This is a guest blog written by Dan Gordon, SVP Strategy & Development, West Interactive Services. Learn more about West on their website. To hear more about this topic and others like it, join us at Customer Response Summit Seattle, September 28-30th.
Picture this: You’re a frequent flyer, going from city to city every week, and spending hours in airports. You have your routine down to the letter and any substantial hitch has a domino effect on your schedule – not to mention work/life balance.
You roll with inevitable delays and gate changes better than most, but you have to be in-the-know. You don’t demand flawlessness, but you do expect communication at a rate that keeps up with the countless voice messages from your colleagues, emails from your boss, texts from your spouse, in-app bill-pay alerts, etc., that are hopefully punctuated by a few moments to catch your breath.
So, you opt-in to SMS/text alerts from your airline. When you land, your phone dings with a notification that your connecting flight is delayed due to plane maintenance. “Ok. Is there a gate change?” you naturally reply, knowing that it takes 20 minutes to trek from point A to point B.
The response: Radio silence or, perhaps worse, a plain old “Thank you for flying with us.” (Why? Because that alert was sent by a machine and there’s nobody manning it on the other end.)
There’s an estimated 30-minute hold-time when you click-to-call, so you ask a rep at a nearby kiosk who, unfortunately, hasn’t yet gotten the memo that there’s a delay in the first place, much less its implications. Meanwhile, dozens of other confused passengers are duplicating efforts – spending far more of the airline’s time and money – when a simple “There is no gate change at this time,” SMS response could have taken care of it.
Pew Research tells us that 9 in 10 Americans own a mobile device and roughly 65% of them own a smartphone, proving that this scenario is a very real one – and this customer service challenge, a pleasantly solvable one.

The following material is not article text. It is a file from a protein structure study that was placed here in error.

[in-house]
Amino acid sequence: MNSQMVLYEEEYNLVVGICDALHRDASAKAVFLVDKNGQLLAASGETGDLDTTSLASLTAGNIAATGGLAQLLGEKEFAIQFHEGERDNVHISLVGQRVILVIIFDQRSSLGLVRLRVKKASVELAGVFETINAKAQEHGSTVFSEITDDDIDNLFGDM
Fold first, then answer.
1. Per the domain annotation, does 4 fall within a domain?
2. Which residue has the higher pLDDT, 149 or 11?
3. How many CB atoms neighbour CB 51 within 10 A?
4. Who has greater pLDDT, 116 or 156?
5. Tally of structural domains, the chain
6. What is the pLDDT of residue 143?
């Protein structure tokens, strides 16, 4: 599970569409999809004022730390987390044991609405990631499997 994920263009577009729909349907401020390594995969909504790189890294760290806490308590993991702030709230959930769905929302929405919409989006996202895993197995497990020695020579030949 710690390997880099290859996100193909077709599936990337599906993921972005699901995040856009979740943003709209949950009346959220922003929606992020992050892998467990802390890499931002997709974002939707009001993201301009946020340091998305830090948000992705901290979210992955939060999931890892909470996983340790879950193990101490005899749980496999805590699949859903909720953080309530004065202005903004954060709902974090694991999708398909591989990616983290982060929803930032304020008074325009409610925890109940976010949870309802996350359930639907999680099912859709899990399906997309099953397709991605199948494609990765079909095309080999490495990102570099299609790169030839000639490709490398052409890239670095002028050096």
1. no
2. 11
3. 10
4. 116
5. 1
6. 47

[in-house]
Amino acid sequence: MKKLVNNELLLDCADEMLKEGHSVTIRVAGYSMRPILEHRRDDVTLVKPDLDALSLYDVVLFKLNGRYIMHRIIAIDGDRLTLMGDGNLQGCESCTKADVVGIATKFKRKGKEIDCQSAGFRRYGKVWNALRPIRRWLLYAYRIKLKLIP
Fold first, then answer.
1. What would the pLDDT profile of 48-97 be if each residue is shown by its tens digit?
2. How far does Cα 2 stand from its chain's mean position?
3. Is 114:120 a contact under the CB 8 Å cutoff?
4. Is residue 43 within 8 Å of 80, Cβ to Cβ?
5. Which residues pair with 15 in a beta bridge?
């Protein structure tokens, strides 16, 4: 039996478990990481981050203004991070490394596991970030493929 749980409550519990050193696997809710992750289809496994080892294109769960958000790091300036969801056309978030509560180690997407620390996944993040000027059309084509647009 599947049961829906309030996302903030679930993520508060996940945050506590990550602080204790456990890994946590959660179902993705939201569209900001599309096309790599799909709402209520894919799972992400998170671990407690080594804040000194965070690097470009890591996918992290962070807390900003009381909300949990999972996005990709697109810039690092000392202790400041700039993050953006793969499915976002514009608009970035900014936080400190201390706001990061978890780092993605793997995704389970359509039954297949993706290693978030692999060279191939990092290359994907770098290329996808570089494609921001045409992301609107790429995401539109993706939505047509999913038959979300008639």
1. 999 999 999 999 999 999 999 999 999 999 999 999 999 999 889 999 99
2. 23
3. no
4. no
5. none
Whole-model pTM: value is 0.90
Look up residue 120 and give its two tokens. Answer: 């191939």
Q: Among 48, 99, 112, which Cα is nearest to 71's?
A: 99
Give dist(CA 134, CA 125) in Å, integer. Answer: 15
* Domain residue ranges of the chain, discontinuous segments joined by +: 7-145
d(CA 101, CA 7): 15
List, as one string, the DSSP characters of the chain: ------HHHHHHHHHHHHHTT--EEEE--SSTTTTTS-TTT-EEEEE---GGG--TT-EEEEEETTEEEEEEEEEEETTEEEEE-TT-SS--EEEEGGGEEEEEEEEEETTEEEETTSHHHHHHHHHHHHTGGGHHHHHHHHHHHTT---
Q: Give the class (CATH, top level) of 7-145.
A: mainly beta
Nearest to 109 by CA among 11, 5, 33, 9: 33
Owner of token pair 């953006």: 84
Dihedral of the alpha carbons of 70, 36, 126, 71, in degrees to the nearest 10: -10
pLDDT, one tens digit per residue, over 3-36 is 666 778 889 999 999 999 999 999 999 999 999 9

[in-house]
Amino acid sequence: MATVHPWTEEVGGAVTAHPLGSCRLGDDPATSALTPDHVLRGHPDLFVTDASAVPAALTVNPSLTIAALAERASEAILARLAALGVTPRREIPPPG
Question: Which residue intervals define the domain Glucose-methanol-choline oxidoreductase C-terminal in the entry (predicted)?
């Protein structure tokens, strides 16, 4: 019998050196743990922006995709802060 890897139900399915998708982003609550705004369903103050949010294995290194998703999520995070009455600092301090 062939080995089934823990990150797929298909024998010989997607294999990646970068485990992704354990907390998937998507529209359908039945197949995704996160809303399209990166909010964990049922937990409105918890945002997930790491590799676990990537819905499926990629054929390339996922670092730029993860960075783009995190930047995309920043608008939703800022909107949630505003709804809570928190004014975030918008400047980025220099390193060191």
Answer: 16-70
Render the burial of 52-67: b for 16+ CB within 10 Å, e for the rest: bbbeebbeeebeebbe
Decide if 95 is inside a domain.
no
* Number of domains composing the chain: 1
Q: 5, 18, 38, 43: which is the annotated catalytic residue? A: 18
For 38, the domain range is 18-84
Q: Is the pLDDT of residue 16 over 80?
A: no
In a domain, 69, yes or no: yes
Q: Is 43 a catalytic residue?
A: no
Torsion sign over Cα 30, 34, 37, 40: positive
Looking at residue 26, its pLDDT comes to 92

One-to-one agent-based support is expensive, which explains why many organizations adopt proactive communication strategies to preempt some of customers’ inbound service needs. SMS/text messaging engages customers on devices they’re already using and just so happens to provide a more bang-for-your-buck than other channels.
However, SMS isn’t so simple that you’re off the hook for two-way support; just as they would when having a text conversation with a friend, customers expect to be able to respond to SMS notifications and assume your brand will heed their replies. (It’s completely rational.) The big hitch is that not every reply is predictable and not every interaction can be automated. (They’re only human.)
Fortunately, solutions are out there. Agent-assisted SMS can do much of the heavy lifting for you – managing conversations, automating texts when possible, routing queries appropriately, and enabling agents to multi-task.
Customers fully benefit from the convenience of your SMS support offer, your contact center agents more confidently manage customer service, and costs stay impeccably low. That’s textbook “win, win, win.”
Advanced SMS solutions can interpret free-form, natural language texts and automate replies; others can route requests to an agent and provide as much freedom or selection of “canned” responses as is appropriate. Any agent on the receiving end of an escalated customer message can see the entire conversation (including an initial alert that may have prompted it) and duly engage with countless users at one time.
Unlike phone conversations, which demand undivided attention and plea for in-call resolution, SMS dialogues could take place over two minutes, 12 hours or even days, depending on the nature and urgency of the matter. Nonetheless, every interaction is recorded, every conversation is regulation-compliant, any transferred agent maintains visibility, no conversation requires exclusivity, and every customer feels nurtured.
Think back to that your same travel experience above. An offer to request SMS “HELP” with the initial notification of a flight delay could have saved multiple customer service representatives’ valuable time – not to mention your frustration. Multiply that times the hundred-some fellow passengers on your flight, times however many flights a day, in however many airports around the world, and you’re talking serious savings and skyrocketing customer satisfaction rates.
Now imagine the implications in your industry, on your contact center: Banking, insurance, utility, healthcare, pharmacy, telecom, retail, home services… You name it.
If that’s not a reason to feel great about hopping on a plane to Seattle, to join Execs In The Know at Customer Response Summit, I don’t know what is.